File photo by Ruta Smith | Credit: Ruta Smith

The results of the Nov. 7 local elections led to one clear conclusion — there needs to be a new way to conduct these elections, particularly in off-year municipal races. Just look at what happened in Charleston and North Charleston to see two differing reasons for the need to try something else.

In Charleston, the mayor’s race is headed to a runoff — again. Charleston Mayor John Tecklenburg, who won his seat in 2015 and in 2019 after runoffs, will face former GOP state Rep. William Cogswell on Nov. 21. They both nabbed about a third of the vote while four other candidates split the rest of the third.

Not only will this runoff be expensive, but it will require voters to get dragged back to the polls and cause people to have to endure two more weeks of campaign advertising. What if there were a better way so that everything could be wrapped up at once?

In North Charleston, voters don’t have to return to the polls because of the city’s odd election system. In most elections around the country, a winner is required to get 50% plus one vote — a simple majority — to win. But in North Charleston, whoever gets the most votes wins. This plurality system creates another problem — it means candidates can win a seat when the majority of voters in the district don’t want that candidate in the initial polling. Seems kind of backwards to put somebody in office who the majority don’t want. Again, is there a better way?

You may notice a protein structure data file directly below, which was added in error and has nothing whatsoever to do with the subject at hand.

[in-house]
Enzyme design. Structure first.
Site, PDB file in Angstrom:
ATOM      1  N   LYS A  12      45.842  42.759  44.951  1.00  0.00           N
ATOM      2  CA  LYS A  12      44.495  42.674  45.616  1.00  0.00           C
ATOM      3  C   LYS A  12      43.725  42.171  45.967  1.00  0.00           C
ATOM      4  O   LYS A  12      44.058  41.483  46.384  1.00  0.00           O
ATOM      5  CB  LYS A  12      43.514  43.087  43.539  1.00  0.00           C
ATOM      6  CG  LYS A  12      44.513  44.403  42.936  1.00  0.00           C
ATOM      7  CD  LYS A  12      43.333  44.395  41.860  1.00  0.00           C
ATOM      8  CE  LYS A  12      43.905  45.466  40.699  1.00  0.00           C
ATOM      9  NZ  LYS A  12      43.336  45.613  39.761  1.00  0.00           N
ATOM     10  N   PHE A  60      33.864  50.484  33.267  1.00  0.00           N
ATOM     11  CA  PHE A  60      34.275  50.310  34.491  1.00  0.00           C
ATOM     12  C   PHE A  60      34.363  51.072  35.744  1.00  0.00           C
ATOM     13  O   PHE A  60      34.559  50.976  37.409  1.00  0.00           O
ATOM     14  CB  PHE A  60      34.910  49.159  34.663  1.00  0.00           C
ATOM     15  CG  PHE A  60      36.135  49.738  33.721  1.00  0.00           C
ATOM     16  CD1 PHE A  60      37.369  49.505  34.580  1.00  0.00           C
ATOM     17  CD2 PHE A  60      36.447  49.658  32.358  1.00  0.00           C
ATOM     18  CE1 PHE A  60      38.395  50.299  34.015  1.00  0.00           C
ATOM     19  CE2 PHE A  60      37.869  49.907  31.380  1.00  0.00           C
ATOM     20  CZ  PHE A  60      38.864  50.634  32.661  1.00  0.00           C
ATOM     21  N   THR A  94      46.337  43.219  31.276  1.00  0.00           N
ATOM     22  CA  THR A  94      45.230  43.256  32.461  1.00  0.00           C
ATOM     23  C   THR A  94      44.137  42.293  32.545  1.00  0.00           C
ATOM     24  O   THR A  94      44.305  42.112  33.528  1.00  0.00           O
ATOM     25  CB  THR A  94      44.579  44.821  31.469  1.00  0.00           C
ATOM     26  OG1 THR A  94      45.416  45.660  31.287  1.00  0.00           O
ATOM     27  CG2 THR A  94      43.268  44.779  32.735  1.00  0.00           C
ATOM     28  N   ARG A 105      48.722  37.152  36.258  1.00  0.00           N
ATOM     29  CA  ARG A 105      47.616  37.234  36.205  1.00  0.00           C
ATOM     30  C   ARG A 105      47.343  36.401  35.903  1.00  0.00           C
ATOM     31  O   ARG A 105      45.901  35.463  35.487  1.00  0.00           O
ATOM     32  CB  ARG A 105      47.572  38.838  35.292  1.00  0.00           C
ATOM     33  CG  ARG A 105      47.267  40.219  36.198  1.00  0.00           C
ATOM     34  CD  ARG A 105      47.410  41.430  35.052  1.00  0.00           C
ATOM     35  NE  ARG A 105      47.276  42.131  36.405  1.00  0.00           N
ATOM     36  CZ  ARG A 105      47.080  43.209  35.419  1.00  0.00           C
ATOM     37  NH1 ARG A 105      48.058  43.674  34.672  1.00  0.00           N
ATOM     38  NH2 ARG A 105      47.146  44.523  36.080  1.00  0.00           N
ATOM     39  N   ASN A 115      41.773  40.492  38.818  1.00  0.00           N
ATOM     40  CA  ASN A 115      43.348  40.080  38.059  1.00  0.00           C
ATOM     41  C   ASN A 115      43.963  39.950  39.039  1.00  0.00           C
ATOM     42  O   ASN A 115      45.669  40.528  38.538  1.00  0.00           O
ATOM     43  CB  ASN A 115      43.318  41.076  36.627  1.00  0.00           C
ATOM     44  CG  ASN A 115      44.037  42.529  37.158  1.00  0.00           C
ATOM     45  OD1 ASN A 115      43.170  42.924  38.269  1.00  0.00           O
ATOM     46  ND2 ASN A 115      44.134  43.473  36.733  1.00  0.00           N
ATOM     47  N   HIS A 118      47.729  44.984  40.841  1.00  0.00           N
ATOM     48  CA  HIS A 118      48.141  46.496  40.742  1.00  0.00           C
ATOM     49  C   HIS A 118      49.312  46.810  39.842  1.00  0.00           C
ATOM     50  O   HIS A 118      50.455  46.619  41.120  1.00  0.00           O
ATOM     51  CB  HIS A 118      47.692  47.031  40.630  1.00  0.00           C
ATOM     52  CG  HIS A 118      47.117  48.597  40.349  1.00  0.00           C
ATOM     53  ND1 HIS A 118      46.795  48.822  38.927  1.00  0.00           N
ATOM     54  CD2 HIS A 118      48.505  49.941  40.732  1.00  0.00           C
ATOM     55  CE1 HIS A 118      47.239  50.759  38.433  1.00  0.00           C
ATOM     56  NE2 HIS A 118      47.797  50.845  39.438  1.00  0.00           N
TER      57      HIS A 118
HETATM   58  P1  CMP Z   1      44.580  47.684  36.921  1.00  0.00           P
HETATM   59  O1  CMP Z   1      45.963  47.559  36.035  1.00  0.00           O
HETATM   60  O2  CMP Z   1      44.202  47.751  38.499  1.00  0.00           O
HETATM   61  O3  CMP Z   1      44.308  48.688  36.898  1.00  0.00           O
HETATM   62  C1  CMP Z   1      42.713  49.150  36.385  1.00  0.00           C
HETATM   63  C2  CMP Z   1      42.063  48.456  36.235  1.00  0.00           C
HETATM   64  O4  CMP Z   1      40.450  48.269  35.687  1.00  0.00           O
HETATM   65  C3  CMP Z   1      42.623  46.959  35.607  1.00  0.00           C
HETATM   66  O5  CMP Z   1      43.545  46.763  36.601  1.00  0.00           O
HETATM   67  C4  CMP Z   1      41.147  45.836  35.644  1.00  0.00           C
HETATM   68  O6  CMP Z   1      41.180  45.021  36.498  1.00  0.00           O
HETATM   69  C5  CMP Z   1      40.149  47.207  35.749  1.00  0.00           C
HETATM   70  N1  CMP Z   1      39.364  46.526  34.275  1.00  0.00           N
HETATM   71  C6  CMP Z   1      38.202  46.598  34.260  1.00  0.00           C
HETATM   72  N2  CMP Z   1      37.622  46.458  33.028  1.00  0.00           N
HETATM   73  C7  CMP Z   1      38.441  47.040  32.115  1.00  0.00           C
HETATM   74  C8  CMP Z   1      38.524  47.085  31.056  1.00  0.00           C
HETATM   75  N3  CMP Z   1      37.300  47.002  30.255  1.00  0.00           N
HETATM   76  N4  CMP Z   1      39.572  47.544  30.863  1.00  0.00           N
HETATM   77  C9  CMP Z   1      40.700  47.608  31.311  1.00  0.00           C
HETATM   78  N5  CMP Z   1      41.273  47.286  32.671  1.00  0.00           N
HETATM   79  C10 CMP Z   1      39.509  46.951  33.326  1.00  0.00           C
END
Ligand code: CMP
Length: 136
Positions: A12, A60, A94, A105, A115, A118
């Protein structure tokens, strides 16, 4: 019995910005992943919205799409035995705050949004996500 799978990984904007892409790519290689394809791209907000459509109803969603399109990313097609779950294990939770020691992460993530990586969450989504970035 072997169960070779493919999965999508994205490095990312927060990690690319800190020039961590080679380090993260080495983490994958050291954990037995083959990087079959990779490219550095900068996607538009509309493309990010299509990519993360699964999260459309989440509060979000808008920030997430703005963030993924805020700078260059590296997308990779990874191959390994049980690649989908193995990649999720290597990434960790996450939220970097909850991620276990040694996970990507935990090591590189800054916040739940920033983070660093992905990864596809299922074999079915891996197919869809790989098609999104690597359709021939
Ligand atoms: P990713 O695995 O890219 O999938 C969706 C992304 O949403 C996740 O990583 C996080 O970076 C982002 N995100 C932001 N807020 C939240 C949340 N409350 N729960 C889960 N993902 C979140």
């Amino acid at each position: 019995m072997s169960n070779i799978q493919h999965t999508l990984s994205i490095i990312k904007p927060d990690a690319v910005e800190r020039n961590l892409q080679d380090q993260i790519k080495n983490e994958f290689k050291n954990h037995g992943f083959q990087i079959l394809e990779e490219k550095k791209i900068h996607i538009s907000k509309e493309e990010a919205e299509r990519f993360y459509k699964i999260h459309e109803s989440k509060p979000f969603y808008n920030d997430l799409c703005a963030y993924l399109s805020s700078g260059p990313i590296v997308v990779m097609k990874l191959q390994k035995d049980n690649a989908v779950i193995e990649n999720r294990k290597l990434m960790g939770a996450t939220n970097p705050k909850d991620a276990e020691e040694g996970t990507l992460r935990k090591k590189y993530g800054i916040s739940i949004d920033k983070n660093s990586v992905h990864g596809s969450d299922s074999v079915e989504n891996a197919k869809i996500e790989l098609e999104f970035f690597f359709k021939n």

The answer is yes. Our municipalities — and voters — would benefit from what’s called “instant runoff voting,” a process used effectively all over the world to speed up the process of electing candidates and lower the pain-in-the-butt factor of runoffs.

Instant runoff voting, also known as ranked choice voting, works like this: On election day, voters rank their choices for each candidate in a race. In other words, they choose candidates in the order that they prefer them. So if you really like Candidate A, you rank her first, but then you consider who you would rank second, third or fourth if Candidate A doesn’t win outright.

When election officials are counting the votes, they tally all votes for each candidate. If no one gets a majority, the candidate in last place is eliminated — and the bottom candidate’s votes are reassigned as ranked to the remaining candidates. Then votes are tallied again, and the process continues until one candidate wins a majority.

Such a system has huge advantages because it promotes civility and less mudslinging. If a candidate is really nasty, for example, it’s likely he or she would get passed over for a second or third ranking. The ranked voting process also is shown to generate real conversations and bridge-building. And it saves money and time.

Fortunately, there’s a bill in the Statehouse (H. 4022) that would allow municipalities to adopt instant runoff voting. Let’s hope lawmakers pass it next year. It would be better for us all.

If you want to learn more about instant runoff voting, check out information on this website:

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